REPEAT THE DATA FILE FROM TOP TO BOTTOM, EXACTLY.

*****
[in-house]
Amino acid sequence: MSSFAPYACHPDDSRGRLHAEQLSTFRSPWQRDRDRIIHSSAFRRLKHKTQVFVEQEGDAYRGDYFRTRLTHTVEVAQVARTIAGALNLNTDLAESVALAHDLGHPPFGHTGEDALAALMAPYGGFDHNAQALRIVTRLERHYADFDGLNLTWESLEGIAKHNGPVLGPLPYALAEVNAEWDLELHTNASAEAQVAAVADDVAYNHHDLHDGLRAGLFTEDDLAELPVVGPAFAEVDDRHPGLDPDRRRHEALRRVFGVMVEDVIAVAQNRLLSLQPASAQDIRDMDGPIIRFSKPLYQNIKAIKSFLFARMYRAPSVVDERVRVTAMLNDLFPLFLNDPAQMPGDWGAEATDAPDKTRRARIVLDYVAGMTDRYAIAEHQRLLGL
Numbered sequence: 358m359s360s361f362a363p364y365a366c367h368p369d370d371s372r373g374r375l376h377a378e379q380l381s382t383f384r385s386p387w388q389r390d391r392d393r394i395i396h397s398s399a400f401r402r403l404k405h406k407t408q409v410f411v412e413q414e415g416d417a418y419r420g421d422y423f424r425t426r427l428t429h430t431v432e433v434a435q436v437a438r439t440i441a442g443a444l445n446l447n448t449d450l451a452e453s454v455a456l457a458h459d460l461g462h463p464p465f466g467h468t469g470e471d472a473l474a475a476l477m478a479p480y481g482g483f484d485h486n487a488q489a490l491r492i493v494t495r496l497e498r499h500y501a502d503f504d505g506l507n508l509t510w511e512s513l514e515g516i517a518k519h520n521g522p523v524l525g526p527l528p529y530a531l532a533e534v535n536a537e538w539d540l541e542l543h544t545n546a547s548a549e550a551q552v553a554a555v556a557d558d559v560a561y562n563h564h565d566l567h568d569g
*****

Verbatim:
[in-house]
Amino acid sequence: MSSFAPYACHPDDSRGRLHAEQLSTFRSPWQRDRDRIIHSSAFRRLKHKTQVFVEQEGDAYRGDYFRTRLTHTVEVAQVARTIAGALNLNTDLAESVALAHDLGHPPFGHTGEDALAALMAPYGGFDHNAQALRIVTRLERHYADFDGLNLTWESLEGIAKHNGPVLGPLPYALAEVNAEWDLELHTNASAEAQVAAVADDVAYNHHDLHDGLRAGLFTEDDLAELPVVGPAFAEVDDRHPGLDPDRRRHEALRRVFGVMVEDVIAVAQNRLLSLQPASAQDIRDMDGPIIRFSKPLYQNIKAIKSFLFARMYRAPSVVDERVRVTAMLNDLFPLFLNDPAQMPGDWGAEATDAPDKTRRARIVLDYVAGMTDRYAIAEHQRLLGL
Numbered sequence: 358m359s360s361f362a363p364y365a366c367h368p369d370d371s372r373g374r375l376h377a378e379q380l381s382t383f384r385s386p387w388q389r390d391r392d393r394i395i396h397s398s399a400f401r402r403l404k405h406k407t408q409v410f411v412e413q414e415g416d417a418y419r420g421d422y423f424r425t426r427l428t429h430t431v432e433v434a435q436v437a438r439t440i441a442g443a444l445n446l447n448t449d450l451a452e453s454v455a456l457a458h459d460l461g462h463p464p465f466g467h468t469g470e471d472a473l474a475a476l477m478a479p480y481g482g483f484d485h486n487a488q489a490l491r492i493v494t495r496l497e498r499h500y501a502d503f504d505g506l507n508l509t510w511e512s513l514e515g516i517a518k519h520n521g522p523v524l525g526p527l528p529y530a531l532a533e534v535n536a537e538w539d540l541e542l543h544t545n546a547s548a549e550a551q552v553a554a555v556a557d558d559v560a561y562n563h564h565d566l567h568d569g